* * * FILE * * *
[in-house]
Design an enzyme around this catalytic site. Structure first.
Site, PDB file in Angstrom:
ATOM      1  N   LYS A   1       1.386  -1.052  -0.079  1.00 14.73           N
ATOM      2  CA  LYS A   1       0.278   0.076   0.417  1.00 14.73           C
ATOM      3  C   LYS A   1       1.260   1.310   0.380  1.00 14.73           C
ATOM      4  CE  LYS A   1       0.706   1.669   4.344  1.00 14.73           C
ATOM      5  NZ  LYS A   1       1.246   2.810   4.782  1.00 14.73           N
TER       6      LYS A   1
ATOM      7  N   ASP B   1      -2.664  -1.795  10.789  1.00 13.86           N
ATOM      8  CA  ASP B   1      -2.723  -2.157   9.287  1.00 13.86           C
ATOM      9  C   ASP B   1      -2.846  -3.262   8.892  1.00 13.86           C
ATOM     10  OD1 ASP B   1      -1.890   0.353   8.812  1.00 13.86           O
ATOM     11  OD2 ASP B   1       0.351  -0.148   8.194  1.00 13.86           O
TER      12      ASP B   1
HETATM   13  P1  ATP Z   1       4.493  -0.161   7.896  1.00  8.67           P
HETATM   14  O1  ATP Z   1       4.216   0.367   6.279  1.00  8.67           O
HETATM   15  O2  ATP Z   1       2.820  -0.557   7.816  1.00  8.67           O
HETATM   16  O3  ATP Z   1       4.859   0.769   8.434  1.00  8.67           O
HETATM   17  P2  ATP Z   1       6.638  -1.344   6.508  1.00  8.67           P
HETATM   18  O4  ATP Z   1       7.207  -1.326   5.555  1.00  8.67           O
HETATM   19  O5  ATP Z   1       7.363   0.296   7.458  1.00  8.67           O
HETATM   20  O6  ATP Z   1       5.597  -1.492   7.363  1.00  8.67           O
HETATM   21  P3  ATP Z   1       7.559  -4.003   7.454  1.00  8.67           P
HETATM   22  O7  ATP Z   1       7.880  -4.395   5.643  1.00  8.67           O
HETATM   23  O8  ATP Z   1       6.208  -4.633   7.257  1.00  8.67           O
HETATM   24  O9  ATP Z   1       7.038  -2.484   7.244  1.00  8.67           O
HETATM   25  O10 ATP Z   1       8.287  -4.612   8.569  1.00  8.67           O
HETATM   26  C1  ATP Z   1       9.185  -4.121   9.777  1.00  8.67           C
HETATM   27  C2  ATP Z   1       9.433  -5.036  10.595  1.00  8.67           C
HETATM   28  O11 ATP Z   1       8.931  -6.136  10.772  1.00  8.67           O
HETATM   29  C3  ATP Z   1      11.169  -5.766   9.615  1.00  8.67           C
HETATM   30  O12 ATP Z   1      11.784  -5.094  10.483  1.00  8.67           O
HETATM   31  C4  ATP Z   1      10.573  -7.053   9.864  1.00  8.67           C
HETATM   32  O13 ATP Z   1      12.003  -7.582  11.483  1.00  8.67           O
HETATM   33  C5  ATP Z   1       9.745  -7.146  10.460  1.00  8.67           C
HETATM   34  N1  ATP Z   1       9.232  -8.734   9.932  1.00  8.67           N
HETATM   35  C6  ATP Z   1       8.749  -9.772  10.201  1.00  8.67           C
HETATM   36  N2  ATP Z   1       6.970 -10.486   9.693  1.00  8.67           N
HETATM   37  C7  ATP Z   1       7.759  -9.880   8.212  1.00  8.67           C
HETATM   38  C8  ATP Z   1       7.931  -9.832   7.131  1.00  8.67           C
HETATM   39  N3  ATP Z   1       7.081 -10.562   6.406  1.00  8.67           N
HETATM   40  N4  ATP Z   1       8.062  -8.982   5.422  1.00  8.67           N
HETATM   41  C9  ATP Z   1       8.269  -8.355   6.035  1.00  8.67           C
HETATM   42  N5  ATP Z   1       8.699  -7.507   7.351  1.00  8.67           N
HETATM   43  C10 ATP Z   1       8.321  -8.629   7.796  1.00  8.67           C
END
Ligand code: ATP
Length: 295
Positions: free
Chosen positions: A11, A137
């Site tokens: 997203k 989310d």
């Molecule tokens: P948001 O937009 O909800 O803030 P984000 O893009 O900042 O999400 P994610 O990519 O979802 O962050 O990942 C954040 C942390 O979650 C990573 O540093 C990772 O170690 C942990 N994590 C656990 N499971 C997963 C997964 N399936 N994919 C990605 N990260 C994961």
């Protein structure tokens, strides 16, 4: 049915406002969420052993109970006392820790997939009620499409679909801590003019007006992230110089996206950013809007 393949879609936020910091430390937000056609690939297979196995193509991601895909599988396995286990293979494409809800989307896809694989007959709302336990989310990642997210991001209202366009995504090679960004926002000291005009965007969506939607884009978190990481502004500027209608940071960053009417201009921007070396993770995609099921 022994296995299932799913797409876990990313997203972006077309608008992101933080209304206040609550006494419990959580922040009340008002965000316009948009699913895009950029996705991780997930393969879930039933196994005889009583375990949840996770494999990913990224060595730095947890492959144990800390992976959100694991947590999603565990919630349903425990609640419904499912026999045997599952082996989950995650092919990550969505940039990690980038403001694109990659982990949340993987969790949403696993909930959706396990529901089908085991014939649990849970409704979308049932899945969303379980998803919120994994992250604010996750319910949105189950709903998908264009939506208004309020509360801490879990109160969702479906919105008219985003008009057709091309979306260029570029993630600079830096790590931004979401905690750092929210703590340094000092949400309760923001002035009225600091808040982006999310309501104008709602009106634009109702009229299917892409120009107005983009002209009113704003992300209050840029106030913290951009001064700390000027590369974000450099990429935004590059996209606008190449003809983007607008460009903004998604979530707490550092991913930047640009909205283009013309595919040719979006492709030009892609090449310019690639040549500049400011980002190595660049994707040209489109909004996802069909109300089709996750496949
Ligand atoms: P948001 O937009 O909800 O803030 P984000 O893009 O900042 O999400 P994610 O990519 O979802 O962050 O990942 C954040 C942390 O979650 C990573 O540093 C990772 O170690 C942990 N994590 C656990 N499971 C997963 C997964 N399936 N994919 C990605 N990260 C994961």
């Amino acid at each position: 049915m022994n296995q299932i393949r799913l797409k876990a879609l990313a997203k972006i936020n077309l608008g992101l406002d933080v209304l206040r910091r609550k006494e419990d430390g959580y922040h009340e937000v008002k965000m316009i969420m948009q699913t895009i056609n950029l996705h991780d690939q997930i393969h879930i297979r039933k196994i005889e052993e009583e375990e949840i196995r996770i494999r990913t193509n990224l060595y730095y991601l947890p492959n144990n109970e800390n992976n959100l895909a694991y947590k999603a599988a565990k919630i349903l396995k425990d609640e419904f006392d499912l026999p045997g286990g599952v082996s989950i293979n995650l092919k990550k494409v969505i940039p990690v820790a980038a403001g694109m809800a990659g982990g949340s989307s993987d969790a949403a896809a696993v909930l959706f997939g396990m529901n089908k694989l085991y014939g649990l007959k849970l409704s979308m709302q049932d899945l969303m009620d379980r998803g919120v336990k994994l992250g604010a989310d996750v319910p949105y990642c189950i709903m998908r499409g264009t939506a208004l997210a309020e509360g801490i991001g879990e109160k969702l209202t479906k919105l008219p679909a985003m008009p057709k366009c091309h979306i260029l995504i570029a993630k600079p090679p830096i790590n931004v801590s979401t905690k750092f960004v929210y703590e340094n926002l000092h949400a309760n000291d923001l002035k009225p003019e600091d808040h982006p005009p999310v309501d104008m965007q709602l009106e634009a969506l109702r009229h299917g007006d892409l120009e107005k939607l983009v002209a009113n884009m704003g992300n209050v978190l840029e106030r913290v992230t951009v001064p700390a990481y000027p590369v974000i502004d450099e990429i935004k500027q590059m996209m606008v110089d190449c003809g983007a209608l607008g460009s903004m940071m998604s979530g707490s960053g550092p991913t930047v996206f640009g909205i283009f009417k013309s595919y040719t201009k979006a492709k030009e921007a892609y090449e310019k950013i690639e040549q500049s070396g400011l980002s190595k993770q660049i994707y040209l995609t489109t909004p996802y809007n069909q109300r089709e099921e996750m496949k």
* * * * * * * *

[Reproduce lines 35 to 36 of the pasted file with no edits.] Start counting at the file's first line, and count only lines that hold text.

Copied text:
HETATM   32  O13 ATP Z   1      12.003  -7.582  11.483  1.00  8.67           O
HETATM   33  C5  ATP Z   1       9.745  -7.146  10.460  1.00  8.67           C